Antonio Guterres, tax on unexpected profits of oil and gas companies

UN Secretary General, Antonio Guterres

 "I urge all governments to tax these excessive profits and use the funds to support the most vulnerable people through these difficult times," he said. "And I urge people everywhere to send a clear message to the fossil fuel industry and their financiers that this terrible greed is punishing the poorest and most vulnerable people, while destroying our only common home, the planet. ," said Guterres. Secretary General of the United Nations, Antonio Guterres, on Wednesday (3/8) local time, called for the imposition of a tax on unexpected profits from oil and gas companies. 

The tax is used to reduce the impact of the energy crisis on the most vulnerable people. "It is immoral for oil and gas companies to make record profits from this energy crisis on the back of the poorest people and communities and at great cost to the climate," Guterres said at the launch of the UN's third report in response to the global crisis on food, energy and health. finances over the conflict in Ukraine. According to him, the profits of the largest energy companies in the first quarter of this year when combined are close to 100 billion US dollars. There is also a need to accelerate the transition to renewable energy, which in most cases is cheaper than fossil fuels. 

At the same time, private and multilateral financing for the green energy transition must be increased. Every country is part of the current energy crisis, and all countries pay attention to what others are doing. "There is no place for hypocrisy," the UN secretary general said. All countries, especially developed countries, must manage energy demand, saving energy, promoting public transport and nature-based solutions are important components of it all. Some of the same developed countries introduced universal subsidies at gas stations, while others reopened coal-fired power plants.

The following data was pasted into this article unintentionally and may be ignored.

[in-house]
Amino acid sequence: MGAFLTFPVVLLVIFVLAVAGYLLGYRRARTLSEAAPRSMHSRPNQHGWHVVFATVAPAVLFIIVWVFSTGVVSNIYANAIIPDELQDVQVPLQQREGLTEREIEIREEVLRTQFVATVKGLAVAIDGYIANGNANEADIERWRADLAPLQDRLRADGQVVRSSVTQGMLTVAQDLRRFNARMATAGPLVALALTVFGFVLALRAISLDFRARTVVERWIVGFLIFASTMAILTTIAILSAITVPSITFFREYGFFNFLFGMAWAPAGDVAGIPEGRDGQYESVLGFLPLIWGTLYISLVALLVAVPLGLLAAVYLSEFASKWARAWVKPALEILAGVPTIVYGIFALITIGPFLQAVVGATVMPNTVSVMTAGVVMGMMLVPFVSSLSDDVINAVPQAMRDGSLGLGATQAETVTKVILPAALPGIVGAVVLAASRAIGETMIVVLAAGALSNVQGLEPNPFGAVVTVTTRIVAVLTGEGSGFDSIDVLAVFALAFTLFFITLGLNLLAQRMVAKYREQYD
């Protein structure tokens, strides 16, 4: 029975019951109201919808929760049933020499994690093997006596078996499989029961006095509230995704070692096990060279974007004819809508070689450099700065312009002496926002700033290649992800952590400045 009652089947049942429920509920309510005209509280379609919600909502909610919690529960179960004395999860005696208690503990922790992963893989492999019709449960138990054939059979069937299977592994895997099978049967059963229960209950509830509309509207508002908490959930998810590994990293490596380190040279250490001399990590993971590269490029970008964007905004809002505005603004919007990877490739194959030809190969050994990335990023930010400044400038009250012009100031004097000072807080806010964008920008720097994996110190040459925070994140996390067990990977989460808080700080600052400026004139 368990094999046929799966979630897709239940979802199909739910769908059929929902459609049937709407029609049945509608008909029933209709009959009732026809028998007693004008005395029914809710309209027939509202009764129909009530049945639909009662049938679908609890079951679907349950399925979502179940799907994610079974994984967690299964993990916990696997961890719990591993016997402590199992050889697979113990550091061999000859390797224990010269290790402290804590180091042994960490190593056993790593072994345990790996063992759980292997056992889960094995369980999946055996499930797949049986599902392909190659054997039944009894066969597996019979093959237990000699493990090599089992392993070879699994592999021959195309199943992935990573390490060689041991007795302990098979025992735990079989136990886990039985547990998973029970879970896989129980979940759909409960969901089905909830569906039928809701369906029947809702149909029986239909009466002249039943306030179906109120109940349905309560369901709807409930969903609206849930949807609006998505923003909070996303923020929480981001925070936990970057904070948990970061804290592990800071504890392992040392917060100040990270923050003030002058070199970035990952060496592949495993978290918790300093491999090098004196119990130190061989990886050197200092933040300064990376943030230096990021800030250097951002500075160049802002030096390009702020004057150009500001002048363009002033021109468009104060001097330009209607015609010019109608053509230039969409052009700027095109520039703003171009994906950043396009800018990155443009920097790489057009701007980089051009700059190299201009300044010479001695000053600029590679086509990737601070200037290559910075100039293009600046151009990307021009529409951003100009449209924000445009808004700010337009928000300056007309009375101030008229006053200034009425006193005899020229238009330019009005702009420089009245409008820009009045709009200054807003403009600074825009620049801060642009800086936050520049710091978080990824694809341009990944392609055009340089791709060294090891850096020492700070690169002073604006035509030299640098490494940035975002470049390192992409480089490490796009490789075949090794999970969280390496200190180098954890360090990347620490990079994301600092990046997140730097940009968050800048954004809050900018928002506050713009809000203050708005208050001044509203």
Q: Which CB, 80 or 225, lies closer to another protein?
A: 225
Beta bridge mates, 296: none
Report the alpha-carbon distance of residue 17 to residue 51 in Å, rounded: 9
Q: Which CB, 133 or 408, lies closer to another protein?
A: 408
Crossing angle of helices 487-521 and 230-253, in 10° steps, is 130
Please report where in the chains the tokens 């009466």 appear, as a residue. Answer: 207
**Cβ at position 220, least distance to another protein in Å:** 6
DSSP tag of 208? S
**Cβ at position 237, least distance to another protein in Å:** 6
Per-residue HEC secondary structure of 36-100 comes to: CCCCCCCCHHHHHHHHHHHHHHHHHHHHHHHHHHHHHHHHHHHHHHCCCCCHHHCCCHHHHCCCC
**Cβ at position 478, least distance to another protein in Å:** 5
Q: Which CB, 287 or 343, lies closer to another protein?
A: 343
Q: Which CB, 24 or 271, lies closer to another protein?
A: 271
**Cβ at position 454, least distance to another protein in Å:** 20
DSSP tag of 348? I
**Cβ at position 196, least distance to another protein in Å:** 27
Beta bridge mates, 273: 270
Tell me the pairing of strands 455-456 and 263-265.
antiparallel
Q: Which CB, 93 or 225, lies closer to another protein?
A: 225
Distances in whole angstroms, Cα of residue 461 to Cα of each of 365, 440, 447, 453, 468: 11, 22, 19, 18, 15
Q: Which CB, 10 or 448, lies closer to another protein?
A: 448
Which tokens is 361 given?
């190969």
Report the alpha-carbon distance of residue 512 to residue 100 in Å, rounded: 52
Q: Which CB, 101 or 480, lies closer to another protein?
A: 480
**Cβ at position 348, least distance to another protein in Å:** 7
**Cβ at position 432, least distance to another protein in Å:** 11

It is difficult to justify such measures even temporarily. "If such policies are to be implemented, such policies must be strictly time-bound and targeted, to ease the burden on the energy-poor and the most vulnerable, during the quickest possible transition to renewable energy," Guterres said. Developing countries have no shortage of reasons to invest in renewable energy. Many of them are living with the severe impacts of the climate crisis. What they don't have are concrete and workable options. Meanwhile, developed countries are urging them to invest in renewable energy, without providing sufficient social, technical or financial support.

Household budgets everywhere are getting drained by high prices for food, transport and energy, fueled by climate damage and war. "This threatens a hunger crisis for the poorest households, and severe cuts for those on average incomes," he said. Furthermore, he highlighted that the conflict in Ukraine, besides causing damage at home, also has a large and multidimensional impact far beyond borders, through a threefold crisis of access to food, energy and finance.

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